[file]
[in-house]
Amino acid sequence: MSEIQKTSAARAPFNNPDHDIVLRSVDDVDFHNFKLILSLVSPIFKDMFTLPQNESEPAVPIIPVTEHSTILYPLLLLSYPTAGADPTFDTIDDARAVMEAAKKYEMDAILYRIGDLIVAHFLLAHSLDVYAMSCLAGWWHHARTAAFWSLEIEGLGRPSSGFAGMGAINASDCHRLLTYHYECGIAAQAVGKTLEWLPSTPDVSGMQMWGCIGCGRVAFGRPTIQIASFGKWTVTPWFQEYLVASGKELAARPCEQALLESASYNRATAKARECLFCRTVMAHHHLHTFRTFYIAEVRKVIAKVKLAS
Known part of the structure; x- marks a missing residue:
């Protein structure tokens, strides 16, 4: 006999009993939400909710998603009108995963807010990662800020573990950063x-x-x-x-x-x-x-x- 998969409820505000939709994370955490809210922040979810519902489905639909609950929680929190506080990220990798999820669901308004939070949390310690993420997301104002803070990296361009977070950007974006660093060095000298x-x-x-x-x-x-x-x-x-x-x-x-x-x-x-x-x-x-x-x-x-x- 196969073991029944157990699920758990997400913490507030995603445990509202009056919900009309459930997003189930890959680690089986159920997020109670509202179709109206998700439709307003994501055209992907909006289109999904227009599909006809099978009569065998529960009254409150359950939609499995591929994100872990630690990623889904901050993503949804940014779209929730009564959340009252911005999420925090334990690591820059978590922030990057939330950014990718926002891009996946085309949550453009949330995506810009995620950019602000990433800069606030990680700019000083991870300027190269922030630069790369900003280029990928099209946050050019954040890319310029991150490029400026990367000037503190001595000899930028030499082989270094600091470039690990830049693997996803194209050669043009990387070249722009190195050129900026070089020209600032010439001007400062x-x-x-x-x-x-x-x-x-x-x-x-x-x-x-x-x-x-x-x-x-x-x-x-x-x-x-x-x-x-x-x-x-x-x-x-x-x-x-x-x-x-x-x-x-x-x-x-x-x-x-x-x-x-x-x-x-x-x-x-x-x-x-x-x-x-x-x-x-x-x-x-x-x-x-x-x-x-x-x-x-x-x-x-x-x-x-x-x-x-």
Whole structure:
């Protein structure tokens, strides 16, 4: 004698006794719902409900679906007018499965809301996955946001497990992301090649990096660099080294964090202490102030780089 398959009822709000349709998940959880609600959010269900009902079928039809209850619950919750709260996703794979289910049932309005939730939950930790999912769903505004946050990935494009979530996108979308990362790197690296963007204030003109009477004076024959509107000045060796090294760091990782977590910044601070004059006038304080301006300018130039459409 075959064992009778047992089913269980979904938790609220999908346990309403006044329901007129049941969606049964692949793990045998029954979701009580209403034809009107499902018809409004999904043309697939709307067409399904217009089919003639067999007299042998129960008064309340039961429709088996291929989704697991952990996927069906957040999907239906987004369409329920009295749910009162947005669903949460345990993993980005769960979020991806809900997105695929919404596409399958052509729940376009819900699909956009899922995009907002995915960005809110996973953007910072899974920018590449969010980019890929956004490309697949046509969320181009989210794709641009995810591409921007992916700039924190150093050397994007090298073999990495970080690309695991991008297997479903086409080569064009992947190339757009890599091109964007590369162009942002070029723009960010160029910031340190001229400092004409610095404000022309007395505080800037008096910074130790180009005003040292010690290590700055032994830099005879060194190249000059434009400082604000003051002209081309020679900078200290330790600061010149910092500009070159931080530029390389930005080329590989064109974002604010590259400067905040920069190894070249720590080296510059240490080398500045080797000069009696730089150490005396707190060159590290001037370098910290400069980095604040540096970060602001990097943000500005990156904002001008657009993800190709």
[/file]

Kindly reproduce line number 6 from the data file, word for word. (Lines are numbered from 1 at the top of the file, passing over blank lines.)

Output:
């Protein structure tokens, strides 16, 4: 004698006794719902409900679906007018499965809301996955946001497990992301090649990096660099080294964090202490102030780089 398959009822709000349709998940959880609600959010269900009902079928039809209850619950919750709260996703794979289910049932309005939730939950930790999912769903505004946050990935494009979530996108979308990362790197690296963007204030003109009477004076024959509107000045060796090294760091990782977590910044601070004059006038304080301006300018130039459409 075959064992009778047992089913269980979904938790609220999908346990309403006044329901007129049941969606049964692949793990045998029954979701009580209403034809009107499902018809409004999904043309697939709307067409399904217009089919003639067999007299042998129960008064309340039961429709088996291929989704697991952990996927069906957040999907239906987004369409329920009295749910009162947005669903949460345990993993980005769960979020991806809900997105695929919404596409399958052509729940376009819900699909956009899922995009907002995915960005809110996973953007910072899974920018590449969010980019890929956004490309697949046509969320181009989210794709641009995810591409921007992916700039924190150093050397994007090298073999990495970080690309695991991008297997479903086409080569064009992947190339757009890599091109964007590369162009942002070029723009960010160029910031340190001229400092004409610095404000022309007395505080800037008096910074130790180009005003040292010690290590700055032994830099005879060194190249000059434009400082604000003051002209081309020679900078200290330790600061010149910092500009070159931080530029390389930005080329590989064109974002604010590259400067905040920069190894070249720590080296510059240490080398500045080797000069009696730089150490005396707190060159590290001037370098910290400069980095604040540096970060602001990097943000500005990156904002001008657009993800190709």